Dr Claire Farrow, BSc (hons), PhD, PGCert, FHEA, AFBPsS,
School of Life & Health Sciences Aston University Aston Triangle Birmingham B4 7ET
Room: SW610 Email: firstname.lastname@example.org Tel: 01212045384
Applied Health Research Group
Aston Research Centre for Healthy Ageing(ARCHA)
Aston Research for CHildren's and Young people's health (ARCHY)
If you are interested in applying for a PhD in the field of eating behaviour (adult or child eating behaviour) please contact me directly by email for further details of potential projects.
If you are a PhD qualified researcher from outside of the UK and are interested in applying for a Marie-Curie Fellowship to come and work at Aston on projects of mutual interest (related to eating behaviour or weight) please contact me for further details (also see: http://ec.europa.eu/research/mariecurieactions/about-mca/actions/index_en.htm).
Dr Claire Farrow is a Reader in Psychology and Director of the Applied Health Research Group. Claire is interested in the factors that influence eating behaviour and weight gain or weight loss, in adults and children. She has overseen and conducted several longitudinal studies concerned with the development of eating behaviours in early life. She is involved in research about parental influences on child food preferences and weight; how siblings influence each other’s eating; parental perceptions of child weight and weight monitoring feedback; and the experiences of discrimination for individuals who are overweight. Claire is a Chartered Psychologist, a Senior Fellow of the Higher Education Academy and an Associate Fellow of the British Psychological Society.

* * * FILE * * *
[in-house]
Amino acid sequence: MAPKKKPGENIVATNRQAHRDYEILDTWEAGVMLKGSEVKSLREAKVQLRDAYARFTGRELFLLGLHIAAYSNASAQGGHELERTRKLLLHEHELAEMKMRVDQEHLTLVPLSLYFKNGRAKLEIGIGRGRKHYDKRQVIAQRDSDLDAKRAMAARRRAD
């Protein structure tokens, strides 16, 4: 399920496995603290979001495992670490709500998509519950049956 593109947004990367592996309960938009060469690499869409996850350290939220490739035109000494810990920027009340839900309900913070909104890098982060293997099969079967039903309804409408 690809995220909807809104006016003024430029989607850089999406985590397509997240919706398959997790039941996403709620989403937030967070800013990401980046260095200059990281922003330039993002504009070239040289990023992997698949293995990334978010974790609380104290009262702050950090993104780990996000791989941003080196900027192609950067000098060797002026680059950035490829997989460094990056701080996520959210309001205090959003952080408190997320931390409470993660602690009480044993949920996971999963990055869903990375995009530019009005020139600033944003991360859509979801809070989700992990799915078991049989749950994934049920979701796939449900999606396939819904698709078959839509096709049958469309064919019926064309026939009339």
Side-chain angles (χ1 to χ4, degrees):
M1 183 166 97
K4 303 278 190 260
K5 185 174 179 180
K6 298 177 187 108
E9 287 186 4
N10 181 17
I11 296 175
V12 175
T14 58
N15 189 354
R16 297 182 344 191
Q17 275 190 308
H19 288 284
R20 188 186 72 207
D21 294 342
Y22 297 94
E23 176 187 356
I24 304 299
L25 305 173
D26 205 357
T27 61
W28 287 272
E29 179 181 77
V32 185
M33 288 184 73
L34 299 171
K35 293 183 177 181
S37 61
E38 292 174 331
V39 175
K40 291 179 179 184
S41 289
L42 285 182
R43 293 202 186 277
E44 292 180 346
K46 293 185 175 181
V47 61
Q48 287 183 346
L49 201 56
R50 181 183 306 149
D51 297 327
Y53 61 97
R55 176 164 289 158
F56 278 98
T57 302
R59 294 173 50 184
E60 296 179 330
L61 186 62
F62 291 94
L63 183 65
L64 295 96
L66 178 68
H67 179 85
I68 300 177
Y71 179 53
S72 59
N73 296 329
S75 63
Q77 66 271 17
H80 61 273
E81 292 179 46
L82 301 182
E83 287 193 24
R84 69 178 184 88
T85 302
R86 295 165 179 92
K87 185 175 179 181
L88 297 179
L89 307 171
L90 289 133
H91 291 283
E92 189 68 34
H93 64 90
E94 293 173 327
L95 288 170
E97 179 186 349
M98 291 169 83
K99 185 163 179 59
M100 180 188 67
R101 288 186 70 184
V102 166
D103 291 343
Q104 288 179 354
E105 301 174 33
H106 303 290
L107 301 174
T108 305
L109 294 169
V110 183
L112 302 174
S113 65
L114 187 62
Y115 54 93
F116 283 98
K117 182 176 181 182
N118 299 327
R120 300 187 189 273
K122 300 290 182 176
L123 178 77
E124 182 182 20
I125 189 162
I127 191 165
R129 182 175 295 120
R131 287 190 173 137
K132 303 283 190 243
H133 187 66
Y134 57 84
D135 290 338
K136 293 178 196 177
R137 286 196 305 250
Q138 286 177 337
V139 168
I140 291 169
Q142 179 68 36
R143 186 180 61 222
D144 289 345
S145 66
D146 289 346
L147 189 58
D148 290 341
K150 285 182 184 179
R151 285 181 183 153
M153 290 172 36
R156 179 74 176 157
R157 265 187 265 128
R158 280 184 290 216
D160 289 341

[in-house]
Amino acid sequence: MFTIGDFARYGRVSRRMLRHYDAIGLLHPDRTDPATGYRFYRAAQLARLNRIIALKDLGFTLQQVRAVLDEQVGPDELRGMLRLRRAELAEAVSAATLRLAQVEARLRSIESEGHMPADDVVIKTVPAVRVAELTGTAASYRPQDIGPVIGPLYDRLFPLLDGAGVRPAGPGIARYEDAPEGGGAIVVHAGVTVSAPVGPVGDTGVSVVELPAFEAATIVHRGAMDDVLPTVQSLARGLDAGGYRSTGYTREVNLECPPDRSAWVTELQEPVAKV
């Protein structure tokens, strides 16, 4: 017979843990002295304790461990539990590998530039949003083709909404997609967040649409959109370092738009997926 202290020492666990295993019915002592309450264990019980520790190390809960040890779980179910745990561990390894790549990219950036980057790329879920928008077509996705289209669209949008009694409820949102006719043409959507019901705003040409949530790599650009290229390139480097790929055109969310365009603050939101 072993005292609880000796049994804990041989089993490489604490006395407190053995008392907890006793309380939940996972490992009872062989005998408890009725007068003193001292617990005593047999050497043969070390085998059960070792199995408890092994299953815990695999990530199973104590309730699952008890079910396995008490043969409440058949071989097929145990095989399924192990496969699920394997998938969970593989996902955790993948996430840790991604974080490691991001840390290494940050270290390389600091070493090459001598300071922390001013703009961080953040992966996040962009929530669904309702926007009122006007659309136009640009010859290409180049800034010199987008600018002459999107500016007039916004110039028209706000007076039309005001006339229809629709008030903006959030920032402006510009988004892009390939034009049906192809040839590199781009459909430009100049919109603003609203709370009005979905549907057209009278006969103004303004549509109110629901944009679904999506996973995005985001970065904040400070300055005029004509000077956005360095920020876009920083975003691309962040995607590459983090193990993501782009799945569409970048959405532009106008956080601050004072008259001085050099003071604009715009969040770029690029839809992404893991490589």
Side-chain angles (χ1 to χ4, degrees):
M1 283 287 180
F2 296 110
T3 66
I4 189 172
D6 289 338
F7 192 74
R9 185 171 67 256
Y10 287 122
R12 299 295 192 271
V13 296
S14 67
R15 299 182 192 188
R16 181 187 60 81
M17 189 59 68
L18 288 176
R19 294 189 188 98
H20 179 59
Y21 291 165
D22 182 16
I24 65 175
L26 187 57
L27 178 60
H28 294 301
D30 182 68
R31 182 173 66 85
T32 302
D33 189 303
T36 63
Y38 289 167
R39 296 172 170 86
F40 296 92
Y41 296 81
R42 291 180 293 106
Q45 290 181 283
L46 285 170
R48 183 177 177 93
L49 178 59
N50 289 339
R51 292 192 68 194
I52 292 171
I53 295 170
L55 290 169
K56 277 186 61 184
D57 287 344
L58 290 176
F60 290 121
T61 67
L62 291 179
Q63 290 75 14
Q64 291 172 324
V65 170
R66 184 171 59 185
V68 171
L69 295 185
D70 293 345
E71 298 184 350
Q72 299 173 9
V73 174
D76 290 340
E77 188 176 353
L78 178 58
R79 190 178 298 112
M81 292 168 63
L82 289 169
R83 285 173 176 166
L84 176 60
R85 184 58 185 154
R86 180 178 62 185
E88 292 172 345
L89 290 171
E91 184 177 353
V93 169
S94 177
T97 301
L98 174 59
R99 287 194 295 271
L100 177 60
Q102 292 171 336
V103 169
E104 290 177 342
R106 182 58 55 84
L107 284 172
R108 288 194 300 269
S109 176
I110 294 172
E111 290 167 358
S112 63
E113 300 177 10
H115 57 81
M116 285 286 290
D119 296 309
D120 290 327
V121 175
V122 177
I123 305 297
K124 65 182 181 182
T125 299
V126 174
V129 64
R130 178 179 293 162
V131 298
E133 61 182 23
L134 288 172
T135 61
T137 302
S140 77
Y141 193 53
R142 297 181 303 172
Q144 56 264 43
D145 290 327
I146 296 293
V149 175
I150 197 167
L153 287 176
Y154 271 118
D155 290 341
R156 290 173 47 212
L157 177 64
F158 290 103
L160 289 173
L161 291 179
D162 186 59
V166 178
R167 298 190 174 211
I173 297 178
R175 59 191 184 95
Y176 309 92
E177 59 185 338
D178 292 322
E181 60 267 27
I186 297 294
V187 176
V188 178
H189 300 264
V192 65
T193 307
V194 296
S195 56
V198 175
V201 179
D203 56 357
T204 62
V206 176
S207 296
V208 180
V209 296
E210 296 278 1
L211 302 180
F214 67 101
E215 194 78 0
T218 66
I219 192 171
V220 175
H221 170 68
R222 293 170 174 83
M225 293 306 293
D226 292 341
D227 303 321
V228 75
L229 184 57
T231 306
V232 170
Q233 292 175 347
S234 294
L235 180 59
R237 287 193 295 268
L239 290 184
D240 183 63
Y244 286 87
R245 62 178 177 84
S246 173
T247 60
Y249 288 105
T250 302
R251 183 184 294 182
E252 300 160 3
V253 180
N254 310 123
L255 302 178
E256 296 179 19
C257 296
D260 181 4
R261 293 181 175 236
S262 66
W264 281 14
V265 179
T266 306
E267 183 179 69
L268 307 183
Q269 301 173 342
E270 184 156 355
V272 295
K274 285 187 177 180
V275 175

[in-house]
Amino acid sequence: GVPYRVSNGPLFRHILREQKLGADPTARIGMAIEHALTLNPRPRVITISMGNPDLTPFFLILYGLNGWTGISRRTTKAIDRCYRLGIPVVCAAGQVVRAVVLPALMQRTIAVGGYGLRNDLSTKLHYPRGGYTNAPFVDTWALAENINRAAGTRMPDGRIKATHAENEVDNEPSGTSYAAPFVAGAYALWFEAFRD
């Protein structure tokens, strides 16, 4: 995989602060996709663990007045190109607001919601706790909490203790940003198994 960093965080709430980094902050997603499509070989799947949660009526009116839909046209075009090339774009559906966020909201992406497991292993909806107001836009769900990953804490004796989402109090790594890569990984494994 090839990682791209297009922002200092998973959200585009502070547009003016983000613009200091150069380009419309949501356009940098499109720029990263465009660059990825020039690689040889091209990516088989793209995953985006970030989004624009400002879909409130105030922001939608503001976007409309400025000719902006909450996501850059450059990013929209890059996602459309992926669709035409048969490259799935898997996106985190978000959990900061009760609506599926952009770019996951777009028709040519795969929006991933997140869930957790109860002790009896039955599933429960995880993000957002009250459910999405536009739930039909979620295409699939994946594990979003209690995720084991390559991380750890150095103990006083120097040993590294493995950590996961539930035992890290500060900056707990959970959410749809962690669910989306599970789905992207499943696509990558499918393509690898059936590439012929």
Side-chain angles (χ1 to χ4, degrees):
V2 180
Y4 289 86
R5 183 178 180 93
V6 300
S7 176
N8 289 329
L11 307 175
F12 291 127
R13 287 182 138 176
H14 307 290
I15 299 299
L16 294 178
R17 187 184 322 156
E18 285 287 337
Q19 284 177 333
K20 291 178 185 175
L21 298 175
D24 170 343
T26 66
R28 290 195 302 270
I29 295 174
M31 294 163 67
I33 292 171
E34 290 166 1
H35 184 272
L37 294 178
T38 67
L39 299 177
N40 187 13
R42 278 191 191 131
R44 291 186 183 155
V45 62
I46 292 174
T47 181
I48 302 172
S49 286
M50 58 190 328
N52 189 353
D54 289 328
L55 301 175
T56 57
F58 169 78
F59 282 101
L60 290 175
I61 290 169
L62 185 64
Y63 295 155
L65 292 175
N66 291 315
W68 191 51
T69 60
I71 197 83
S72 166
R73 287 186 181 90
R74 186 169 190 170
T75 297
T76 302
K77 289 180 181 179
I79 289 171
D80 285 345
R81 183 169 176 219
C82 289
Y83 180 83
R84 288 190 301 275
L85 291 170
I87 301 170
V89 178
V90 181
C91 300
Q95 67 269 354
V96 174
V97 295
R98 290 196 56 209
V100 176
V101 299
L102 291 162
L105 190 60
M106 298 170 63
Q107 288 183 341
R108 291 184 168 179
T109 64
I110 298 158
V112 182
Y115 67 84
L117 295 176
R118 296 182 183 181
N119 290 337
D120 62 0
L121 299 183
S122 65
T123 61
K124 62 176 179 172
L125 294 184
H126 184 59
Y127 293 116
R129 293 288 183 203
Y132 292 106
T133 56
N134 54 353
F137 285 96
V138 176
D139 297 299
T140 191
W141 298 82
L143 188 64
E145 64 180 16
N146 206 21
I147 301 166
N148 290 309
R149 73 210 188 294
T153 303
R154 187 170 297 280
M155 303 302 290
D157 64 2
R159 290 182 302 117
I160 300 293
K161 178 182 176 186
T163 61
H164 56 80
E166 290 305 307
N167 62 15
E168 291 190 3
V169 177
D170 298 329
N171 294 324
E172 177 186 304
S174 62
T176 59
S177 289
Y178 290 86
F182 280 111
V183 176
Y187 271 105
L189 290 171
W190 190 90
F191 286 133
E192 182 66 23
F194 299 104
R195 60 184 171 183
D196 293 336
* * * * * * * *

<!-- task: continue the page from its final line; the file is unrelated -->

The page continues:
For details of resources that I have co-developed to support healthy eating in children please see:
Vegetable Maths Masters http://vegetablemathsmasters.co.uk/
Child Feeding Guide: https://www.childfeedingguide.co.uk/about/meet-the-team/
Farrow, C. (2018). Using apps to expose children to vegetables: the impact of Vegetable Maths Masters on intake and liking, International Conference on Children’s Eating Behaviour, Birmingham, UK. March 2019 (invited plenary).
Member of the UK Research and Innovation Future Leaders Fellowships (UKRI FLF) programme Peer Review College
Funded PhD Students
Rebecca Stone. Emotion regulation and the development of early emotional eating: The interaction of mood state, child temperament and parental feeding practices. April 2019 onwards.
Christopher Delivett. Memory distortions and biases as consequences of, and contributors to, (un)healthy eating. July 2018 onwards.
Nabila Jones. The impact of visual loss on nutritional status. January 2018 onwards.
Nichola Salmon: Understanding the Effects of Vegetable Consumption on Psychological Wellbeing and Cognitive Performance. Jan 2017 onwards.
Dr Clare Holley: “Why don’t you try it again?” factors associated with repeated exposure to fruits and vegetables during early childhood. Completed June 2016.
Clarke, R., Heath, G., Pattison, H., & Farrow, C. (2018). Weight-management in children living with asthma: A qualitative study of the experiences of paediatric healthcare professionals, Journal of Asthma, 16:1-8. DOI: 10.1080/02770903.2018.1536146.
Galloway, A., Waton, P., Pitama, S., Farrow, C. (2018). Socioeconomic Position and Picky Eating Behavior Predict Disparate Weight Trajectories in Infancy.
Frontiers in Endocrinology; Obesity, 9:528. DOI: 10.3389/fendo.2018.00528Grimley, C., & Farrow, C. (2018). Are children really less fussy with food at nursery compared to at home? European Heath Psychology Bulletin, 20 (1), 425-431.
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